After the Hundred-Year Darkness, the Jedi and the Sith fought numerous wars against one another. In their last great war, the Jedi triumphed over their mortal enemies. Through the actions of the Jedi and the in-fighting amongst the Sith ranks, almost all of the Sith were destroyed—except for one. That Sith Lord was named Darth Bane.
Darth Bane knew it was in-fighting that ultimately doomed the Sith. He saw the dark side of the Force for what it truly was: selfishness and self-destruction, and for that the Sith needed protection from themselves. To do that, he created the Rule of Two—”Always two there are. No more, no less. A master and an apprentice,” as Yoda said in The Phantom Menace—so the Sith could endure. One master and one apprentice was all that was needed to preserve the Sith, and anything else was a danger. Rather than build empires like they once had, these Sith would act in the shadows and take over the Republic from within. This became the grand design of the Sith Lords who followed him, and it’s why we only ever saw two Sith at a time in the Star Wars films.
Bane’s legacy was fulfilled when Chancellor Palpatine, the Sith Lord known as Darth Sidious, engineered the Clone Wars to take over the Republic. It was through that conflict that Palpatine crowned himself Emperor and gave rise to the Galactic Empire, with the Sith as its true rulers. Of course, the victory was only short-lived. Darth Vader was redeemed and destroyed the Emperor, bringing an end to the Sith and the legacy that Darth Bane had created.
Side note: in Star Wars: The Clone Wars, Yoda travelled to the Sith homeworld of Moraband and encountered a vision of Darth Bane. That vision was voiced by none other than Mark Hamill, famous for playing Luke Skywalker in the original and sequel trilogies.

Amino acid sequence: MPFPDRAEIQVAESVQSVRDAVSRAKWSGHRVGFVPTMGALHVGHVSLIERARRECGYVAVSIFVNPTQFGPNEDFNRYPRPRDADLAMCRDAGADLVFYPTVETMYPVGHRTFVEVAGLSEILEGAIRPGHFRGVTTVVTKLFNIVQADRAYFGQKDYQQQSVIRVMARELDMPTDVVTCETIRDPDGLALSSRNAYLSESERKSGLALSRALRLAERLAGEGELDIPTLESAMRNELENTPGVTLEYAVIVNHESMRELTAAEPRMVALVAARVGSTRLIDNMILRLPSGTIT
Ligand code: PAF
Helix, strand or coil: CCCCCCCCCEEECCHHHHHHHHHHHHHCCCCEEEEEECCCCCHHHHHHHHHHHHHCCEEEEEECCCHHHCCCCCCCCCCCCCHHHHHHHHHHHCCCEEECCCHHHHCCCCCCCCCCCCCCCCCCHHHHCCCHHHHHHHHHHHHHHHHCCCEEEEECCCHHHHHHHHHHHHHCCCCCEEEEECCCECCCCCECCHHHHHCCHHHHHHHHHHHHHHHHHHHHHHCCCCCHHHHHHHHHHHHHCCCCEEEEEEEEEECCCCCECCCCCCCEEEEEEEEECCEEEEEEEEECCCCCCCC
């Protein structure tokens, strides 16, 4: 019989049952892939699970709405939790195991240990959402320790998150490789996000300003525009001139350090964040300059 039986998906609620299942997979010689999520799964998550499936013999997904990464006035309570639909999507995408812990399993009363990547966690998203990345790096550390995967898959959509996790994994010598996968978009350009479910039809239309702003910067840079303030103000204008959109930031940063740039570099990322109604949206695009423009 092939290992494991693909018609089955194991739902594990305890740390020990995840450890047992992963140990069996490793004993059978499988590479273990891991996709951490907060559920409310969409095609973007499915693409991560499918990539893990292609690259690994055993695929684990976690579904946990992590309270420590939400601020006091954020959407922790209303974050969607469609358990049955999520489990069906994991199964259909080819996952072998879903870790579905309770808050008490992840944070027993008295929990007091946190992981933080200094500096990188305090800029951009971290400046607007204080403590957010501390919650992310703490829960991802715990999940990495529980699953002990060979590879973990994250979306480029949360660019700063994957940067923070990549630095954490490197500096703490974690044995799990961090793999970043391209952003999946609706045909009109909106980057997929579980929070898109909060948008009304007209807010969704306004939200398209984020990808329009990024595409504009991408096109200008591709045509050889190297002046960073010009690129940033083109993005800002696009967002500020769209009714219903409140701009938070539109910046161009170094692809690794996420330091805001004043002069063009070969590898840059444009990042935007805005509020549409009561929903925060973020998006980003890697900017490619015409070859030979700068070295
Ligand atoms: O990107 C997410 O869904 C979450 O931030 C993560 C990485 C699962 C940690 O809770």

The Sith Are No More (We Think)
When Anakin Skywalker was introduced as a child in The Phantom Menace, we learned that he was the Chosen One destined to bring balance to the Force. By the time of Revenge of the Sith, we learned that bringing balance to the Force meant destroying the Sith. Anakin fulfilled that destiny in Star Wars: Return of the Jedi when, as Darth Vader, he was redeemed by Luke and killed Emperor Palpatine. By destroying the Emperor and sacrificing his own life as a result, Anakin brought an end to the Sith and restored balance to the Force.
How that legacy will play out in the new films and beyond is something only time will tell us, but we can be pretty confident in saying that there are no Sith in the galaxy anymore (unless certain fan theories about Supreme Leader Snoke end up being true). Kylo Ren in particular is not a Sith. Star Wars: The Force Awakens: The Visual Dictionary tells us that Kylo is the leading warrior in a new generation of Force users trained by Supreme Leader Snoke, and that Snoke sees Kylo as someone who has equal potential for both good and evil. The Supreme Leader encourages Kylo to tap into both light and dark, becoming something different than both Jedi and Sith. Of course, given that Kylo quite literally worships at the altar of his grandfather, Darth Vader, it’s certainly possible that he may want to become a Sith Lord himself. But to be a Sith is much more than wielding a red lightsaber and tapping into the dark side. It’s an ancient and exclusive philosophy passed down from master to apprentice—and all the Sith are gone. It’s unlikely there will ever be a true Sith Lord again.
If there’s one thing that was clear to me in writing about the Secret History of the Sith, it’s that we still don’t know much about them. We know that they have certain philosophies about using their passions for strength, and that they are inherently selfish, but we don’t know much beyond the broad strokes of their history. Expanding the Sith mythology is fertile ground for future Star Wars storytelling.
What do you love about the Sith? Send me a tweet with your favorites!